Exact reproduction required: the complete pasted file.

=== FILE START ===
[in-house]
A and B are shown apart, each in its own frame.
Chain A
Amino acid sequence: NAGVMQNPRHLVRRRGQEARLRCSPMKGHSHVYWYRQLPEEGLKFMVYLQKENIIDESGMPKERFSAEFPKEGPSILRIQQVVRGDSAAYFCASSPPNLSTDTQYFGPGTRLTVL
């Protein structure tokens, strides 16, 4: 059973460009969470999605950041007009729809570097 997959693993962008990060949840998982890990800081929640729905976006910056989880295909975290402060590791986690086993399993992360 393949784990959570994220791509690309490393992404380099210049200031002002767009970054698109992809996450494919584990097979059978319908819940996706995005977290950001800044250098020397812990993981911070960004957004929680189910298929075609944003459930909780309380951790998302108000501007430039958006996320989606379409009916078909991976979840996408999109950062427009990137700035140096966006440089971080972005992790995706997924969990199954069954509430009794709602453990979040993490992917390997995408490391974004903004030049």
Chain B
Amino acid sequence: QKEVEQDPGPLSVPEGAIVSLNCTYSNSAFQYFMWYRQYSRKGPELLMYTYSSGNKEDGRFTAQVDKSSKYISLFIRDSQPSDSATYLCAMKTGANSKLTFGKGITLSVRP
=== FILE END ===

[in-house]
A and B are shown apart, each in its own frame.
Chain A
Amino acid sequence: NAGVMQNPRHLVRRRGQEARLRCSPMKGHSHVYWYRQLPEEGLKFMVYLQKENIIDESGMPKERFSAEFPKEGPSILRIQQVVRGDSAAYFCASSPPNLSTDTQYFGPGTRLTVL
């Protein structure tokens, strides 16, 4: 059973460009969470999605950041007009729809570097 997959693993962008990060949840998982890990800081929640729905976006910056989880295909975290402060590791986690086993399993992360 393949784990959570994220791509690309490393992404380099210049200031002002767009970054698109992809996450494919584990097979059978319908819940996706995005977290950001800044250098020397812990993981911070960004957004929680189910298929075609944003459930909780309380951790998302108000501007430039958006996320989606379409009916078909991976979840996408999109950062427009990137700035140096966006440089971080972005992790995706997924969990199954069954509430009794709602453990979040993490992917390997995408490391974004903004030049």
Chain B
Amino acid sequence: QKEVEQDPGPLSVPEGAIVSLNCTYSNSAFQYFMWYRQYSRKGPELLMYTYSSGNKEDGRFTAQVDKSSKYISLFIRDSQPSDSATYLCAMKTGANSKLTFGKGITLSVRP